In this respect, he started at the same point as the key reporters (Duff Wilson) and columnists (Selena Roberts, Harvey Araton) with the New York Times. Beard’s ability to work hard, do his job, and produce a consistent stream of quality reporting makes all the more troubling the Times’ poor performance on the case.
Take the two most egregious examples.
1.) According to the New York Times (Duff Wilson, August 25, 2006):
The dancers stopped. An argument ensued. Using a racial epithet, someone yelled that they had asked for white dancers, not black ones. That much is agreed. It was 12:04 a.m. March 14.In fact, of course, almost no one agreed with this portrayal of events—and the statements of all three captains and Kim Roberts explicitly contradicted it. The only three people who adhered to this timeline appeared to be Mike Nifong, Crystal Mangum, and Duff Wilson.
Yet nearly 11 months later, the false claim that racial epithets occurred at the party while Reade Seligmann and Collin Finnerty were present remains the official version of events, according to the New York Times. The paper has never corrected this cut-and-dry journalistic error.
2.) According to the New York Times (Selena Roberts, March 31, 2006):
Something happened March 13, when a woman, hired to dance at a private party, alleged that three lacrosse players sexually assaulted her in a bathroom for 30 minutes . . . Players have been forced to give up their DNA, but to the dismay of investigators, none have come forward to reveal an eyewitness account.A few days later, the Times ran a brief correction noting that the captains had given voluntary statements. But in April 2006, then-Times public editor Byron Calame effectively corrected the correction, stating that based on his review of the facts, “Selena Roberts, a Times sports columnist, had ample reason for her recent concern about a ‘code of silence.’”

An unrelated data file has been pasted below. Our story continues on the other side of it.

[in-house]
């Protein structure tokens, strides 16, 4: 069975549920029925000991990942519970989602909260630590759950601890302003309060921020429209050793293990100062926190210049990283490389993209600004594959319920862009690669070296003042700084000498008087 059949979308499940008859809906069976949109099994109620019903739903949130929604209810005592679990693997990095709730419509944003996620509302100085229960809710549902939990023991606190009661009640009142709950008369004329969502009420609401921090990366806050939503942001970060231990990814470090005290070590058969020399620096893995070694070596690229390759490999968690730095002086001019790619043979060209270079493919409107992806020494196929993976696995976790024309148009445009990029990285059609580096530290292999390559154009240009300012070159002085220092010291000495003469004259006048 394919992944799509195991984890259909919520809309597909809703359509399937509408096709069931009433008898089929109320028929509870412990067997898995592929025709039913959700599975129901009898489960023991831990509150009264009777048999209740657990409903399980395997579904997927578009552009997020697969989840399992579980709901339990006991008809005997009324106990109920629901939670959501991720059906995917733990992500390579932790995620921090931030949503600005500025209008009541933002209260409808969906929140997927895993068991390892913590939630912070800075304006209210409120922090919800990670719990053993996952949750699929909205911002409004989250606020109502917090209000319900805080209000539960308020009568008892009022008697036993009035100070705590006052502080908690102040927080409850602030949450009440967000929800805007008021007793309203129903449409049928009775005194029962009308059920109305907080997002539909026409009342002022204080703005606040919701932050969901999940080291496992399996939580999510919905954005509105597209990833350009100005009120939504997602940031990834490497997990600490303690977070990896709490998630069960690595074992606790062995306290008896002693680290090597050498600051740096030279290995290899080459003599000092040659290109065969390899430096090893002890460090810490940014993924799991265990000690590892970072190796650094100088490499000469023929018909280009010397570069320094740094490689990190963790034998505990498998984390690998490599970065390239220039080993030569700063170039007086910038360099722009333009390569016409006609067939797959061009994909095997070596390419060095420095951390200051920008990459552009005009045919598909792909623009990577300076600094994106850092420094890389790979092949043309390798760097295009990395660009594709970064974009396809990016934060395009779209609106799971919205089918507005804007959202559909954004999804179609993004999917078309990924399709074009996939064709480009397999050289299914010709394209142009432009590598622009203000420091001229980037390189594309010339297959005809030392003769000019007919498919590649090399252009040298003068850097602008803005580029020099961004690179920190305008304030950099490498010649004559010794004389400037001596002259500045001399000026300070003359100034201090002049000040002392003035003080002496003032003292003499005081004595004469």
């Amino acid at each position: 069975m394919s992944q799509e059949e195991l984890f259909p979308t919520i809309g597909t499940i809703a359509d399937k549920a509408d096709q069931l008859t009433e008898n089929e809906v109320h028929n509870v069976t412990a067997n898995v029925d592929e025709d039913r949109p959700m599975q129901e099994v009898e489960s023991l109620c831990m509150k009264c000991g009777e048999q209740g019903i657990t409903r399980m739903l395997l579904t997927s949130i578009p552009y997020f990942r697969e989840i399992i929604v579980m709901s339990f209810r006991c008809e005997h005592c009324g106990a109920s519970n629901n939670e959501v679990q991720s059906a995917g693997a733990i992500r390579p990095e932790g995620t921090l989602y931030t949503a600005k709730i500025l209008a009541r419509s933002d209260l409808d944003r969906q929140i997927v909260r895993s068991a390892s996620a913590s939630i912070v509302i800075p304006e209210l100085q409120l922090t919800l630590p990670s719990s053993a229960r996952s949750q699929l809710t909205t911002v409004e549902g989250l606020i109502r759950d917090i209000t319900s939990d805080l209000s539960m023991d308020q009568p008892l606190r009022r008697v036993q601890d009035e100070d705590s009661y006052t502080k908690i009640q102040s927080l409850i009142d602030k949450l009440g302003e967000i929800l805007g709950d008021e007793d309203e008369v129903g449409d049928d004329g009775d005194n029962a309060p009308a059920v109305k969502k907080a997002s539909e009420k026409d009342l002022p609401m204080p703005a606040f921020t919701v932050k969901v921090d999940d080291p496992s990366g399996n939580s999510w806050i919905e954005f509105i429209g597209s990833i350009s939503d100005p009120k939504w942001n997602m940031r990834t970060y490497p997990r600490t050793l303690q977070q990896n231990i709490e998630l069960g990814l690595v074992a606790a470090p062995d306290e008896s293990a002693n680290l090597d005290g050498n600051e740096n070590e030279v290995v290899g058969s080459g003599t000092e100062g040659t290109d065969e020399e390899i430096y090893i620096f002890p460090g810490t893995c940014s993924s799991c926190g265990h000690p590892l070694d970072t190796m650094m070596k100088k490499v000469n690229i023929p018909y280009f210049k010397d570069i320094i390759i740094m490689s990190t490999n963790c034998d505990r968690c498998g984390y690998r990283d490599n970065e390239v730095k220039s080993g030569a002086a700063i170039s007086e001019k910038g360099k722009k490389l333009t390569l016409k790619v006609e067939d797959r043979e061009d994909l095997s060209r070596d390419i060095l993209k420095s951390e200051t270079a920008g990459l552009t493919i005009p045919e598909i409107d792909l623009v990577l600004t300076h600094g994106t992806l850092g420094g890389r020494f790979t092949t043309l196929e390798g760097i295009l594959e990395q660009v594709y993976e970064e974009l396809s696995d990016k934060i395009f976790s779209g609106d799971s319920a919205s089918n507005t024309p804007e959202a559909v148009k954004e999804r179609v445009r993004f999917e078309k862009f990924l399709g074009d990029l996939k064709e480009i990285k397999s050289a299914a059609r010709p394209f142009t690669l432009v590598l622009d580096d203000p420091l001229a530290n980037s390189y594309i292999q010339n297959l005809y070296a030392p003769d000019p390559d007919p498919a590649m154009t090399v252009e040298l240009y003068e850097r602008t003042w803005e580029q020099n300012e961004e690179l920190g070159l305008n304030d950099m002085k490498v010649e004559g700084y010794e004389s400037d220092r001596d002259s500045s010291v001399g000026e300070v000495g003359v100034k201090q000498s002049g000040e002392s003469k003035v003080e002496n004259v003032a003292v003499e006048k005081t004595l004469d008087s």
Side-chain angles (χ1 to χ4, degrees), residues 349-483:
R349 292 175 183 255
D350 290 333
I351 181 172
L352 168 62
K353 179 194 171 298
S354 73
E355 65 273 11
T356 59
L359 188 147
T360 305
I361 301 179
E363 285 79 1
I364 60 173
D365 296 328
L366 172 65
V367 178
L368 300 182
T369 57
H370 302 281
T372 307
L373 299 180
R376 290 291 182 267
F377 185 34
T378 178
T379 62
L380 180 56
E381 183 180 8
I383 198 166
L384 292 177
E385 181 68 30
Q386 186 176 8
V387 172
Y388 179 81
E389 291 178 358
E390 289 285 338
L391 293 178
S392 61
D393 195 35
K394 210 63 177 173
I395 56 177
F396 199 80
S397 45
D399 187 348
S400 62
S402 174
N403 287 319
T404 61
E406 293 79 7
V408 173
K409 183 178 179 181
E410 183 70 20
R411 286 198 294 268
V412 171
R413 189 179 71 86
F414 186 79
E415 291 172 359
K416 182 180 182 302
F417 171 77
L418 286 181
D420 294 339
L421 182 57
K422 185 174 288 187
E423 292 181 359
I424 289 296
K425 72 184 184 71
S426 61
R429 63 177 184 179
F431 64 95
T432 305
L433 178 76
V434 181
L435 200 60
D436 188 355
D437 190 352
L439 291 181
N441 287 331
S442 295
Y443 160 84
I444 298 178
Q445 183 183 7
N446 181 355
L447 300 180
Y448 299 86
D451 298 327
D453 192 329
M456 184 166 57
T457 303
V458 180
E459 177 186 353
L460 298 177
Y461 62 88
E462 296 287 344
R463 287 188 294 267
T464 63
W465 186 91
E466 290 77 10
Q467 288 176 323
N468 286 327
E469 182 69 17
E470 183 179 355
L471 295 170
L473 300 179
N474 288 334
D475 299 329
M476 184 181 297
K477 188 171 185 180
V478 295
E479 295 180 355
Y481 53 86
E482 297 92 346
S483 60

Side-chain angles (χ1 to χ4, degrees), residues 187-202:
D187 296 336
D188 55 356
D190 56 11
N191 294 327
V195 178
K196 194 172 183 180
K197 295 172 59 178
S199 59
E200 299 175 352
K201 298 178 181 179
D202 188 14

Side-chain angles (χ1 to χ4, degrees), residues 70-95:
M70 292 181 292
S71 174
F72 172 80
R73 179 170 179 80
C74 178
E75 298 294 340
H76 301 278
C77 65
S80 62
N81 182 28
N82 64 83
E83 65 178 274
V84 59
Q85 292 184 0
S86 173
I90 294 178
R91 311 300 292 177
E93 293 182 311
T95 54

In fact, of course, his making the false claim that the players were engaged in a “wall of silence” formed one of the many items for which Mike Nifong was disbarred. To the extent that “silence” occurred, in any case, it was imposed by Nifong, who informed both Joe Cheshire and Bob Ekstrand that he was only interested in hearing from lacrosse players who either would confess or implicate teammates.
Yet more than 15 months later, the false claim that the players engaged in a “code of silence” remains the official version of events, according to the New York Times—a version blessed, even more remarkably, by the paper’s “public editor.”
Those inclined to minimize Beard’s performance, then, would do well to look at the embarrassingly inaccurate portrayals of lacrosse case events penned by other reporters who, like Beard, began the case with sports backgrounds and few if any local criminal justice sources.